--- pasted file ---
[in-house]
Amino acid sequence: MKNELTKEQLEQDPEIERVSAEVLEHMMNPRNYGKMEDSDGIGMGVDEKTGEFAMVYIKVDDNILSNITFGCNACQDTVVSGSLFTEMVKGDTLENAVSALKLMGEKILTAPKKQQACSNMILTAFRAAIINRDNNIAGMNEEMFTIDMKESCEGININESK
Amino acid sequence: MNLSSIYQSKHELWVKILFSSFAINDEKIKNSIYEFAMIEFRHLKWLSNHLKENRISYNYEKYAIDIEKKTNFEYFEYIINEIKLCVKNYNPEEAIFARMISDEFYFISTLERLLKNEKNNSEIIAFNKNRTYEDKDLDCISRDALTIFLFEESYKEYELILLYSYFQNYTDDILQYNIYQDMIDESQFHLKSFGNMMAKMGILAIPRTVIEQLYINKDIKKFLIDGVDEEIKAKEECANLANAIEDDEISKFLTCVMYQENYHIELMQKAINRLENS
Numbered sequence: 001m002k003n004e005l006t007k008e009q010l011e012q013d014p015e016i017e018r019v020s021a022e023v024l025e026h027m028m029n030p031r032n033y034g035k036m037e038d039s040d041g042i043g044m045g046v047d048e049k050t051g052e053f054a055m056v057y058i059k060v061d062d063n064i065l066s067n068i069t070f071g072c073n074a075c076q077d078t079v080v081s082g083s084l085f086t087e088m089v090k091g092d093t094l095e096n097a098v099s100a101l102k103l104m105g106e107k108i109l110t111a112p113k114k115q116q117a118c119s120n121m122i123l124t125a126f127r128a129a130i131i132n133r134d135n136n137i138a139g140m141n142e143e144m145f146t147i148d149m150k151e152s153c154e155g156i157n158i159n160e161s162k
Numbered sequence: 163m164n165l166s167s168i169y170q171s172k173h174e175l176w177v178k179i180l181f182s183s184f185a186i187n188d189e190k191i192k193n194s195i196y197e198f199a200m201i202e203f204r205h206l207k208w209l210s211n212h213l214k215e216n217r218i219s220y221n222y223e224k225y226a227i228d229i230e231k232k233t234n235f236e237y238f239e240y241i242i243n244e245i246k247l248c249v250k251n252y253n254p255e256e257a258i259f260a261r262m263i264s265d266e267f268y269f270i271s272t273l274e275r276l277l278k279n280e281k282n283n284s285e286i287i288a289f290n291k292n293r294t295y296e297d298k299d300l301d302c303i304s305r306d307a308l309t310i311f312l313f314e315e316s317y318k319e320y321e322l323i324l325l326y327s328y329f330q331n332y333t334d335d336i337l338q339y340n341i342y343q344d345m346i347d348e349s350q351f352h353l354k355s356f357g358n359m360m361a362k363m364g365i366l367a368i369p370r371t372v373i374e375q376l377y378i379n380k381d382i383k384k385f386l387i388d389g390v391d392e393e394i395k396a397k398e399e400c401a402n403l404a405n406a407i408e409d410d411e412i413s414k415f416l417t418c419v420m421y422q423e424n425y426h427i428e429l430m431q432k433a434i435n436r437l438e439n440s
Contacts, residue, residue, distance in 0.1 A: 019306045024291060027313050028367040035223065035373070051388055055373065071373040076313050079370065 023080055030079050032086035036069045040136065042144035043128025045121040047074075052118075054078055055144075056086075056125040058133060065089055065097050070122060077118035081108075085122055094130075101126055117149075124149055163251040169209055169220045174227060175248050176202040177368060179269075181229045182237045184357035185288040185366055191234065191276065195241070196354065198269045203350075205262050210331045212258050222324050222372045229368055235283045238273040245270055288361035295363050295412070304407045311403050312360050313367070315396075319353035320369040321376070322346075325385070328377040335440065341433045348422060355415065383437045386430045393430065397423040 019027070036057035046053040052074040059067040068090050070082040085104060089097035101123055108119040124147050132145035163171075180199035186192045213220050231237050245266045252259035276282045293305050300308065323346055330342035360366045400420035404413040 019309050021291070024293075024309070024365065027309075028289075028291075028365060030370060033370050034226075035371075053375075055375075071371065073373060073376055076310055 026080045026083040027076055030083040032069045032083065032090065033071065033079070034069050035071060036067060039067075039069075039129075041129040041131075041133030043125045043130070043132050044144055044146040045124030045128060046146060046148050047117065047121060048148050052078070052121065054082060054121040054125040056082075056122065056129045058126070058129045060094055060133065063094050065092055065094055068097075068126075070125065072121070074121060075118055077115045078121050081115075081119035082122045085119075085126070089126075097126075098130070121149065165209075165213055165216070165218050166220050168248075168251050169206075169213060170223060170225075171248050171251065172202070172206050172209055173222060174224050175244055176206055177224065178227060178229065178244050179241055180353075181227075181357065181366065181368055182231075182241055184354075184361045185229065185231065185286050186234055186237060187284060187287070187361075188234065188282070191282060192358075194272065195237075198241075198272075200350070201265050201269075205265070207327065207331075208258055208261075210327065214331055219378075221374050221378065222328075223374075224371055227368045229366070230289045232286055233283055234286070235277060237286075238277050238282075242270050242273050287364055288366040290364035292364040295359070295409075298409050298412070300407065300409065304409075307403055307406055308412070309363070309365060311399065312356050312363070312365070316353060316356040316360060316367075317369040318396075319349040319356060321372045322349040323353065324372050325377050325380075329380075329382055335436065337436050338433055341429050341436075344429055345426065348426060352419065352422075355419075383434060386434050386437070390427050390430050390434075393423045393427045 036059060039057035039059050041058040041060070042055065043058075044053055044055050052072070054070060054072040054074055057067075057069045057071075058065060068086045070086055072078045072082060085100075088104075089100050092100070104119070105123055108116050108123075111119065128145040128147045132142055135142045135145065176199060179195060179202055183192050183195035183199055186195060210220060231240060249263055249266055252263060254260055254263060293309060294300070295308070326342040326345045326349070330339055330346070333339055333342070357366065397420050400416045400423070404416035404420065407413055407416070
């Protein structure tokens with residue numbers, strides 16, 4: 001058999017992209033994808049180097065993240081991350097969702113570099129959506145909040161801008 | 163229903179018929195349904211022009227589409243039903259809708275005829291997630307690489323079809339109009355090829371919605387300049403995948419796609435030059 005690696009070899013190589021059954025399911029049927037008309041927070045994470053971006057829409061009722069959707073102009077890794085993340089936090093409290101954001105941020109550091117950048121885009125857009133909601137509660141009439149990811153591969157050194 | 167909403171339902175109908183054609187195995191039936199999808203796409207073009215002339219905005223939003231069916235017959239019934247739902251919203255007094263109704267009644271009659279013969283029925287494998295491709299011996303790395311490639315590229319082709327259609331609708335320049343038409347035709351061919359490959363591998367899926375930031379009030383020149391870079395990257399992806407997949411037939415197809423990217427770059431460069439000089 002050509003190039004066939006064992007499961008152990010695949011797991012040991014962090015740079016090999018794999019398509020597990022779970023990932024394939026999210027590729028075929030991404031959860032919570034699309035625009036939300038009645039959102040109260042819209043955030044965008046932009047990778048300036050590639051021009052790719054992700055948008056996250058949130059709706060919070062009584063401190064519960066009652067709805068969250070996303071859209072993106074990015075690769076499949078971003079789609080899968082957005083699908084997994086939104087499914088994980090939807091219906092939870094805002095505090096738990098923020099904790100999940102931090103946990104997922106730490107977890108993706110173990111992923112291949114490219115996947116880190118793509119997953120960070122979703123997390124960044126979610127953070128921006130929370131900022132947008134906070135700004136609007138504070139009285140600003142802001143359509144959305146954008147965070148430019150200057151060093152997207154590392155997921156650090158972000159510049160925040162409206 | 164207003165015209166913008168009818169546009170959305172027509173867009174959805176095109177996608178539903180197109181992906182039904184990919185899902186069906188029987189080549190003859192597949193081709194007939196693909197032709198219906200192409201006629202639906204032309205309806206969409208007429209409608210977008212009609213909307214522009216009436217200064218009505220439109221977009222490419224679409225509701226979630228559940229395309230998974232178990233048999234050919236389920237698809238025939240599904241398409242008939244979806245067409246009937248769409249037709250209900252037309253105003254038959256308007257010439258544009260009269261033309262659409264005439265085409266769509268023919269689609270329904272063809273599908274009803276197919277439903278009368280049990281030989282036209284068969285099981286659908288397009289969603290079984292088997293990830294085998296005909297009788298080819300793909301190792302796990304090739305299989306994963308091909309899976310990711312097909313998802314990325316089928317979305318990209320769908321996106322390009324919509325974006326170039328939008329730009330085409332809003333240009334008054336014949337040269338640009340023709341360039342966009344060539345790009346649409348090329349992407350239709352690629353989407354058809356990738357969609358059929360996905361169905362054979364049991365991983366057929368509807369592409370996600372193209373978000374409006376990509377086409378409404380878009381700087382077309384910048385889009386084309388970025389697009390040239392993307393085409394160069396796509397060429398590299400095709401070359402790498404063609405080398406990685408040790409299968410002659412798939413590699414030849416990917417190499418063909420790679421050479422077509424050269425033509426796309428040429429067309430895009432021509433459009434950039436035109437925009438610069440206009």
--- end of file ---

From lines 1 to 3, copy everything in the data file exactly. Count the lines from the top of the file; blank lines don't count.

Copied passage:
[in-house]
Amino acid sequence: MKNELTKEQLEQDPEIERVSAEVLEHMMNPRNYGKMEDSDGIGMGVDEKTGEFAMVYIKVDDNILSNITFGCNACQDTVVSGSLFTEMVKGDTLENAVSALKLMGEKILTAPKKQQACSNMILTAFRAAIINRDNNIAGMNEEMFTIDMKESCEGININESK
Amino acid sequence: MNLSSIYQSKHELWVKILFSSFAINDEKIKNSIYEFAMIEFRHLKWLSNHLKENRISYNYEKYAIDIEKKTNFEYFEYIINEIKLCVKNYNPEEAIFARMISDEFYFISTLERLLKNEKNNSEIIAFNKNRTYEDKDLDCISRDALTIFLFEESYKEYELILLYSYFQNYTDDILQYNIYQDMIDESQFHLKSFGNMMAKMGILAIPRTVIEQLYINKDIKKFLIDGVDEEIKAKEECANLANAIEDDEISKFLTCVMYQENYHIELMQKAINRLENS